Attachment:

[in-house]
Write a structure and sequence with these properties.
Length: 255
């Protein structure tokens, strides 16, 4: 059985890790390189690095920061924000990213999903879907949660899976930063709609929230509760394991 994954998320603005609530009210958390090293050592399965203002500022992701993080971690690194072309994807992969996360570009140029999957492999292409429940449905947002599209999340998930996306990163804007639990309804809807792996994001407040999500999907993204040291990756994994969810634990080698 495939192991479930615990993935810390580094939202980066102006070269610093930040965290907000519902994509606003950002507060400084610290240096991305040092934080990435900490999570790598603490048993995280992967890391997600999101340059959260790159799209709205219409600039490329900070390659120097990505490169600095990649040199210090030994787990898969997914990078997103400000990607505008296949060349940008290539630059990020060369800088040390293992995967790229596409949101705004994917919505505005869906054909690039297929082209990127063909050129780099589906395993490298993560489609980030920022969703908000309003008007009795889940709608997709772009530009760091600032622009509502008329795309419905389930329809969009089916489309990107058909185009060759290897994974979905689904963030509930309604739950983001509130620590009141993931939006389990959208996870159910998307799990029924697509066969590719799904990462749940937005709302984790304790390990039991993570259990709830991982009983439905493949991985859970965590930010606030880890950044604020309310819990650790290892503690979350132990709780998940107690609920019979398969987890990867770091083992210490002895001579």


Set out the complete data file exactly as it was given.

[in-house]
Write a structure and sequence with these properties.
Length: 255
């Protein structure tokens, strides 16, 4: 059985890790390189690095920061924000990213999903879907949660899976930063709609929230509760394991 994954998320603005609530009210958390090293050592399965203002500022992701993080971690690194072309994807992969996360570009140029999957492999292409429940449905947002599209999340998930996306990163804007639990309804809807792996994001407040999500999907993204040291990756994994969810634990080698 495939192991479930615990993935810390580094939202980066102006070269610093930040965290907000519902994509606003950002507060400084610290240096991305040092934080990435900490999570790598603490048993995280992967890391997600999101340059959260790159799209709205219409600039490329900070390659120097990505490169600095990649040199210090030994787990898969997914990078997103400000990607505008296949060349940008290539630059990020060369800088040390293992995967790229596409949101705004994917919505505005869906054909690039297929082209990127063909050129780099589906395993490298993560489609980030920022969703908000309003008007009795889940709608997709772009530009760091600032622009509502008329795309419905389930329809969009089916489309990107058909185009060759290897994974979905689904963030509930309604739950983001509130620590009141993931939006389990959208996870159910998307799990029924697509066969590719799904990462749940937005709302984790304790390990039991993570259990709830991982009983439905493949991985859970965590930010606030880890950044604020309310819990650790290892503690979350132990709780998940107690609920019979398969987890990867770091083992210490002895001579």